A five gallon composition was prepared which contained 10 fluid ounces of the quaternary compound, eight ounces of the disinfectant, 10 ounces of air freshener and the balance distilled water. The quaternary compound was a product purchased commercially as "Final Touch", a fabric softener sold by Lever Brothers. The disinfectant was 10 ounces of the commercial product "Wintergreen II", which is a quaternary ammonium composition containing 2.0% of a biocidal quaternary compund and 0.5% methyl salicylate for wintergreen odor. The air freshener was the commercial product "Air Kleen" from Ebco. One quart of this mixture was combined with one gallon of a slurry containing 6.0 volume percent of titanium dioxide, and 56.0 volume percent of water, and the balance composed of binding agents, such that the binder composition contains 32.0% silicon compounds, 48% ester compounds and 20% naptha. The ingredients were mixed vigorously in horizontal and vertical motions and then strained through a 200 mesh silk mesh. The resulting composition is set forth in Table I.
TABLE I______________________________________Ingredient Fluid Ounces Volume Percent______________________________________Quaternary Amm. Compound 0.5 .31Disinfectant 0.4 .25Air Freshener 0.5 .31Titanium dioxide 8.0 5.00Silicon compounds 15.4 9.63Ester compounds 23.0 14.38Naptha 9.6 6.00Water 102.6 64.12Total 160.0 100.00______________________________________
This composition was then sprayed onto an acoustical tile surface. On drying, it was observed that the surface was white and brightened and the pores were not clogged.
The formulations of the present invention are nonflammable compositions with a Class A flame spread rating. On application to the porous surface of an acoustical tile, the drying time is about one hour by spray application, and the sound absorption will be diminished less than 5 percent from the original sound absorption of the acoustical material. The light-reflecting capacity will be improved by 50 percent, based on five year old panels that were subsequently sprayed with the composition for testing purposes.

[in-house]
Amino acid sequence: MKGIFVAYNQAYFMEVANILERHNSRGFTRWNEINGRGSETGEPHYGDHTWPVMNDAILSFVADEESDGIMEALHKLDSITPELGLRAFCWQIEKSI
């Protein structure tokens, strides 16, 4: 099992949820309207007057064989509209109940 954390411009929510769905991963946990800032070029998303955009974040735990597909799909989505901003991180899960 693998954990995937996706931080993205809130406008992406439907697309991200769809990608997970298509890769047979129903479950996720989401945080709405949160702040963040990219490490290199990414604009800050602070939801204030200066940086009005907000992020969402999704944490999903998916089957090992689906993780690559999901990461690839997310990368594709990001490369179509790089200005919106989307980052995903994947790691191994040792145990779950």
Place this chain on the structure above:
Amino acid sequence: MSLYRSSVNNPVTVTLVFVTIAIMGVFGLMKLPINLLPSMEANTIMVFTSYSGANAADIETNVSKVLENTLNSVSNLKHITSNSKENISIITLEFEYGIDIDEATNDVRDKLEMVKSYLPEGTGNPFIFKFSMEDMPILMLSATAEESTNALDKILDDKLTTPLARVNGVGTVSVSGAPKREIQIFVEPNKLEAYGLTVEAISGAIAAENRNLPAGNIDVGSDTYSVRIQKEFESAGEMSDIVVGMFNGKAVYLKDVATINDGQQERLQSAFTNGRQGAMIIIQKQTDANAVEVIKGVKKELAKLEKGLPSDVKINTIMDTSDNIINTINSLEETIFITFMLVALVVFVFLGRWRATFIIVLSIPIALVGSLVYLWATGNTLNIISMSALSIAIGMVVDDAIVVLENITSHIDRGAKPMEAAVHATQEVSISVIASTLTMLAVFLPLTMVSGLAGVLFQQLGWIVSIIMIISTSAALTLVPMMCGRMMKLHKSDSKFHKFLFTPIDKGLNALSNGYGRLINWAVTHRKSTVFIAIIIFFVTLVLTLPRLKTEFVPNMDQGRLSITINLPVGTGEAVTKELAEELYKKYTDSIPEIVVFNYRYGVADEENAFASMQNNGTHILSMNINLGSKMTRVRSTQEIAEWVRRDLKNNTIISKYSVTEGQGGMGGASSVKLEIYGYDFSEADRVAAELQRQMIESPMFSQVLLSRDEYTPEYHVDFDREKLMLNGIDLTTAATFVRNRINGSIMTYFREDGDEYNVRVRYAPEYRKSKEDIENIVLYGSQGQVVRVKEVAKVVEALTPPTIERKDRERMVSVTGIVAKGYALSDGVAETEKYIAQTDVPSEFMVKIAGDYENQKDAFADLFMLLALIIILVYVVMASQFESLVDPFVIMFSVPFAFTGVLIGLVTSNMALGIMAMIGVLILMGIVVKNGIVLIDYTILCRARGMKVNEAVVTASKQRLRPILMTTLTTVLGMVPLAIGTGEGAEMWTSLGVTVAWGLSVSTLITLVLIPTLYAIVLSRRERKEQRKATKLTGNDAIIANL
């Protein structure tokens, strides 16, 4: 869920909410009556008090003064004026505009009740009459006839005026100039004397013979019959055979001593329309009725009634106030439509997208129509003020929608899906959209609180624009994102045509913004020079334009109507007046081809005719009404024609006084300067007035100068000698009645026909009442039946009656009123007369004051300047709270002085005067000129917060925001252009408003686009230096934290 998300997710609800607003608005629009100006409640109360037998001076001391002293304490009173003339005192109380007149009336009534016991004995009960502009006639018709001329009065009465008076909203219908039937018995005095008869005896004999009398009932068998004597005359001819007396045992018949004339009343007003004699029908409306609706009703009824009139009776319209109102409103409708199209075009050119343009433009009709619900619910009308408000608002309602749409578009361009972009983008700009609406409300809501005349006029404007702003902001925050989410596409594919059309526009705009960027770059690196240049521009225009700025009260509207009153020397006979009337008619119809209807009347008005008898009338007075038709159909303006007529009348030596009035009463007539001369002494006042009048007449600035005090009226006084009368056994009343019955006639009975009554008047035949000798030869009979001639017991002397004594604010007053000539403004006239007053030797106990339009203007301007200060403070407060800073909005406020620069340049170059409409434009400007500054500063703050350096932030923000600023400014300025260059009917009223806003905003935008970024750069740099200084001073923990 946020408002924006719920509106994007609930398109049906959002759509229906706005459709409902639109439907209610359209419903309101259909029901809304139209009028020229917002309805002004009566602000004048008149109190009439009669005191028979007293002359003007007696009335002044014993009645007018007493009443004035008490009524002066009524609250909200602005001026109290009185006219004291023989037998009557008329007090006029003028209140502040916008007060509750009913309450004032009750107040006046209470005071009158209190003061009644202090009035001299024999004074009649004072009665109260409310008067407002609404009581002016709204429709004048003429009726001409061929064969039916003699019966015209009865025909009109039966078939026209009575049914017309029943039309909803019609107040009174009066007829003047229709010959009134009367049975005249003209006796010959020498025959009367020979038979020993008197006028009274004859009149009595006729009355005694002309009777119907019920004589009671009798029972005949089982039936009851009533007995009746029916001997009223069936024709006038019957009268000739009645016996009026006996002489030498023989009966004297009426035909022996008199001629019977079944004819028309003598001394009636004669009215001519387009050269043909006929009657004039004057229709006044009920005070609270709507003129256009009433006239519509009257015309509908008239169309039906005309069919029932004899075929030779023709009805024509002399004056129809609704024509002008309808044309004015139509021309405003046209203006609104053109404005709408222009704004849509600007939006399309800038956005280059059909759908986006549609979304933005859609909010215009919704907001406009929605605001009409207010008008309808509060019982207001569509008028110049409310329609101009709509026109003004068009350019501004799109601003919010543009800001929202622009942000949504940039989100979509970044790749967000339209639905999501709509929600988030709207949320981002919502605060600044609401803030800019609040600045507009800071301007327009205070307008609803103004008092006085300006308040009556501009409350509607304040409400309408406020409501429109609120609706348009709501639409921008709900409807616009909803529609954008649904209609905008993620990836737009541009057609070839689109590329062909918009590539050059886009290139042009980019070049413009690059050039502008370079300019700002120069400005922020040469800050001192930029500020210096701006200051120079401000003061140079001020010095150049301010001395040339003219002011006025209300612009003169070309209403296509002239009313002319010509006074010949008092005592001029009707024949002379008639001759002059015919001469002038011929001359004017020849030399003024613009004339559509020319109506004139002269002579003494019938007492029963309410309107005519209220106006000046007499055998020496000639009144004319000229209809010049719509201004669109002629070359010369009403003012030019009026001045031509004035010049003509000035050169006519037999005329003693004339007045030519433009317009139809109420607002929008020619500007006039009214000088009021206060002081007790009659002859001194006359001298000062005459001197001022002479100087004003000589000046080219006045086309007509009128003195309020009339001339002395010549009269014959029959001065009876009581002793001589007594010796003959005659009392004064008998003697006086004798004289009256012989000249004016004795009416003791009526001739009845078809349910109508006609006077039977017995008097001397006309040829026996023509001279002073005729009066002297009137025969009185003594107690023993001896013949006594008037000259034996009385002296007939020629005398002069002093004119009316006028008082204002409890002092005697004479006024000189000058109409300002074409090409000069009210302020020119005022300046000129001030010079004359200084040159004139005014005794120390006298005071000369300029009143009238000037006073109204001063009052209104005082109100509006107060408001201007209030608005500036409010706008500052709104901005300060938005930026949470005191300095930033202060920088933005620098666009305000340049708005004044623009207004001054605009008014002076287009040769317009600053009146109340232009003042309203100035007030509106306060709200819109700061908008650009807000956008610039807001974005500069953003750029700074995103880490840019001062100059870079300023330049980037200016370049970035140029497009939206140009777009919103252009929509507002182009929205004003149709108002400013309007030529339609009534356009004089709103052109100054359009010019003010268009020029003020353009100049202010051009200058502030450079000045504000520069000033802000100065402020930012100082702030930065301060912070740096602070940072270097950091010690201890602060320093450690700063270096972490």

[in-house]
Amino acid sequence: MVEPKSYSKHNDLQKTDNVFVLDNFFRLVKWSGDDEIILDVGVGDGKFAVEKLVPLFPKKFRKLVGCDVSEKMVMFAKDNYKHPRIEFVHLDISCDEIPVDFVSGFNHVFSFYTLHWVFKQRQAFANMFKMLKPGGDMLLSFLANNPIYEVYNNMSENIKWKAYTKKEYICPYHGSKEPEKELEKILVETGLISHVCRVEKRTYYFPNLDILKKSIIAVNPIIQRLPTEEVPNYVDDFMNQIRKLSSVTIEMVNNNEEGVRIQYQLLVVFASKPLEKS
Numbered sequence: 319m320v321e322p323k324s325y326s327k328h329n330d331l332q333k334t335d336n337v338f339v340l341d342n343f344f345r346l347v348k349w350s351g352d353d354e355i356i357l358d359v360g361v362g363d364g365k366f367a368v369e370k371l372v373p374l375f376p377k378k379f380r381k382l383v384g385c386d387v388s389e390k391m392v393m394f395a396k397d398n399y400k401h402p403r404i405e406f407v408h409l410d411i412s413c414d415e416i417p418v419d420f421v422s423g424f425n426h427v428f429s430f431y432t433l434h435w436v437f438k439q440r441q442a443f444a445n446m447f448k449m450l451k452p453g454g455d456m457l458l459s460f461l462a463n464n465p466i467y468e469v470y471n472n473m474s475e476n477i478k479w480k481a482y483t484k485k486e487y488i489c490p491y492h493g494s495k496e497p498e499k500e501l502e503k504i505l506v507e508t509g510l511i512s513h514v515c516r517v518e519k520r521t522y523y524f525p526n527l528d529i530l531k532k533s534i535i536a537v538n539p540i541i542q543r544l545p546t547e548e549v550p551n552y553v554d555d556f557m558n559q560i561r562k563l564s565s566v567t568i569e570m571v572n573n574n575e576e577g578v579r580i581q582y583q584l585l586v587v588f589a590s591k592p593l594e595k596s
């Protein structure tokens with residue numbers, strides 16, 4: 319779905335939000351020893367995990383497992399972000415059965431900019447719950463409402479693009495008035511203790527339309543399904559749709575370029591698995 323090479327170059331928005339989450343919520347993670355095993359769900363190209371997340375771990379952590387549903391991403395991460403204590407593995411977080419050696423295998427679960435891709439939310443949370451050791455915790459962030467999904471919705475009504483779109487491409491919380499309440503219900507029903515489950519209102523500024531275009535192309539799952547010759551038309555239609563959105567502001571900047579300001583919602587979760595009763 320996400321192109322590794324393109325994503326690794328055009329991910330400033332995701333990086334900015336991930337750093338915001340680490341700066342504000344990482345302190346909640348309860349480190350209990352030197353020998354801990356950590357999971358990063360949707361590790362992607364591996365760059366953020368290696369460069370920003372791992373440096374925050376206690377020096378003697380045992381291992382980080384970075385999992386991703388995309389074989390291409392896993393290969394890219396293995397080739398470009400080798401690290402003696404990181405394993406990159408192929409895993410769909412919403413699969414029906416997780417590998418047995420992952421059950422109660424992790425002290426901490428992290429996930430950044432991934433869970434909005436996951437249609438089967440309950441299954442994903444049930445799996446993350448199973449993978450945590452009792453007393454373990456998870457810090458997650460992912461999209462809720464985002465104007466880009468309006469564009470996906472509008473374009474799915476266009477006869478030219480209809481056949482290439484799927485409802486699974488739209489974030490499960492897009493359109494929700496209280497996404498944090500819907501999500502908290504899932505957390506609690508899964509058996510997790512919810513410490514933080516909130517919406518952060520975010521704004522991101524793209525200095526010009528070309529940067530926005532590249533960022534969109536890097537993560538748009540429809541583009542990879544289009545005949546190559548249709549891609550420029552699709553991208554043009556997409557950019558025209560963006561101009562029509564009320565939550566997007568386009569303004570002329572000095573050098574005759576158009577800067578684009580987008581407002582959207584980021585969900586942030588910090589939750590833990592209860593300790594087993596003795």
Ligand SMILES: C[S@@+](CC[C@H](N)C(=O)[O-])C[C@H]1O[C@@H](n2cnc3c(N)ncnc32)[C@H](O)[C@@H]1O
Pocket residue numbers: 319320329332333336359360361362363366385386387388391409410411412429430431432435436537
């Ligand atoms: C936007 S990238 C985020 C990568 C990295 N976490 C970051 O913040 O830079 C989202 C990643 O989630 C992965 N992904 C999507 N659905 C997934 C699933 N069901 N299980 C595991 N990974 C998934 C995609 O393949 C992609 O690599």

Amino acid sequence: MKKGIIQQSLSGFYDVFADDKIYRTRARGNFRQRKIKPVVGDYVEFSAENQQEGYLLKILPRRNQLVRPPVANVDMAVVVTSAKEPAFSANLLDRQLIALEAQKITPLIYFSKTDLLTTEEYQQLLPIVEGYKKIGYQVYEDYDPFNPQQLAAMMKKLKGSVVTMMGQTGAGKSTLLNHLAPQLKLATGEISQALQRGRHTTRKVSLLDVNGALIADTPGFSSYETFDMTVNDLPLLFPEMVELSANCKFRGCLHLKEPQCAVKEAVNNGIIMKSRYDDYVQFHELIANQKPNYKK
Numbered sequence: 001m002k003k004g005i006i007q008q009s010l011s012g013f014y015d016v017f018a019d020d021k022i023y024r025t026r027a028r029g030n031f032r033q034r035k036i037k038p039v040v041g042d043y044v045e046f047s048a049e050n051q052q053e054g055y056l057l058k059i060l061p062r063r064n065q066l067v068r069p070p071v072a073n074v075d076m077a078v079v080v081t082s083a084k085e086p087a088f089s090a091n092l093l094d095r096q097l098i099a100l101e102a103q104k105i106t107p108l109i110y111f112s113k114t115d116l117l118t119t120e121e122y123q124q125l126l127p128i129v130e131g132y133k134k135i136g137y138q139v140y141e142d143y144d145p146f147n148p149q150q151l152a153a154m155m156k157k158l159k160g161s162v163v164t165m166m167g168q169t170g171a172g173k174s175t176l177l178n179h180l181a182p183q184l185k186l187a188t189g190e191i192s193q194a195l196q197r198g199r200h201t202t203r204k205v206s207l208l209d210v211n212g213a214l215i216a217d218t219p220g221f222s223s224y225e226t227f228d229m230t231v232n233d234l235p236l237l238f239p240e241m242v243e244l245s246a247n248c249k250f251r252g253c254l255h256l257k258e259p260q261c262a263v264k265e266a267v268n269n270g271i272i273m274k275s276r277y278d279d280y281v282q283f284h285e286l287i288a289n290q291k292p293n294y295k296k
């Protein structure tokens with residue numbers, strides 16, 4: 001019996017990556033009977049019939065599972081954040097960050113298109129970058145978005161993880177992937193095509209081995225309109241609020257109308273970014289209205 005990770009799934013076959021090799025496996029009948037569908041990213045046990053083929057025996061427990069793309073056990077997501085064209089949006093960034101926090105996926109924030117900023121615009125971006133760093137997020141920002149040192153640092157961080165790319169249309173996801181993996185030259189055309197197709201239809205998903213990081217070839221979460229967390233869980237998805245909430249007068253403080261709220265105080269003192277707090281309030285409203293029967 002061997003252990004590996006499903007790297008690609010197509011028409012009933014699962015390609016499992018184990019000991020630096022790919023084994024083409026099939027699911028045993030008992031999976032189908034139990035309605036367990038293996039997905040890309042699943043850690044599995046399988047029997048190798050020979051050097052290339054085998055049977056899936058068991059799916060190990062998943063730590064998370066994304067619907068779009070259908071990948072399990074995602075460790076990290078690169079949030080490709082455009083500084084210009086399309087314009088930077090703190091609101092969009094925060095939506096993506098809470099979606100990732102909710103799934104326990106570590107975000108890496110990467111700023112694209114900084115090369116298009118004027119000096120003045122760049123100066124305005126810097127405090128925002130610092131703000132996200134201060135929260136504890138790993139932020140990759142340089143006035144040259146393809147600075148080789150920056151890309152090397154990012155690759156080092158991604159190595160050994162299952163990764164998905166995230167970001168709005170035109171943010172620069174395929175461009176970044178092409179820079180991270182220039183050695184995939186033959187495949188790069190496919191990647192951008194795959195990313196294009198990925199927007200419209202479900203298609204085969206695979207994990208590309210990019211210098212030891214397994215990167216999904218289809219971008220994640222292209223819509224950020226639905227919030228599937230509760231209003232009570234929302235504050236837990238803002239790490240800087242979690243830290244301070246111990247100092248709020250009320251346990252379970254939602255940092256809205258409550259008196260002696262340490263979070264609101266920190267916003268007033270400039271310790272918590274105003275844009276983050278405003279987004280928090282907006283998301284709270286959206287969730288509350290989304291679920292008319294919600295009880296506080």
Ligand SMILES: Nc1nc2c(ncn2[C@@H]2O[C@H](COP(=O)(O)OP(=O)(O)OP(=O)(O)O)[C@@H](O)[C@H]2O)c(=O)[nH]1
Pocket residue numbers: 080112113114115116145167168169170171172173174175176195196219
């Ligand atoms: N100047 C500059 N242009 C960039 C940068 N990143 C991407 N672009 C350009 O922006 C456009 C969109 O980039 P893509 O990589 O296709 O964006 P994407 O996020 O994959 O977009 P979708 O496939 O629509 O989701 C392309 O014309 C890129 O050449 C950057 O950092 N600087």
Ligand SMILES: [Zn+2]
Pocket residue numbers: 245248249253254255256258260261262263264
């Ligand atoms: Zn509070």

The composition may be sprayed onto acoustical tiles from which it dries and adheres to the surface of the fiber layer of the tiles. It does not clog the pores. The dried composition will cover the dirt and, therefore, whiten the tile, but is does not leave the fiber structure dry or brittle or decrease its sound-absorbing properties.
The formulation of Example 1 of Table I was submitted for evaluation by analyses. The composition was found to have the following properties.
TABLE II______________________________________Flash Point Greater than 200° F.Flammability Greater than 200° F.Viscosity 268.07 secondsSpecific Gravity 1.180Combustibility Non-combustibleReactivity Non-reactiveIgnitability Greater than 400° F.Calcium .010Chromium 1.73Copper .71Iron 8.51Silver .17Nickel 1.66Lead 2.71Mercury 14.7Selenium .1Arsenic Less than .01______________________________________
The invention has been described herein with reference to certain preferred embodiments. However, as obvious variations thereon will become apparent to those skilled in the art, the invention is not to be considered as limited thereto.
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|U.S. Classification||427/243, 427/299, 427/384, 427/396, 427/322, 427/324|
|International Classification||B05D7/00, B05D5/00|
|Mar 10, 1989||FPAY||Fee payment|
Year of fee payment: 4
|Mar 10, 1993||FPAY||Fee payment|
Year of fee payment: 8
|Apr 15, 1997||REMI||Maintenance fee reminder mailed|
|Sep 7, 1997||LAPS||Lapse for failure to pay maintenance fees|
|Nov 18, 1997||FP||Expired due to failure to pay maintenance fee|
Effective date: 19970910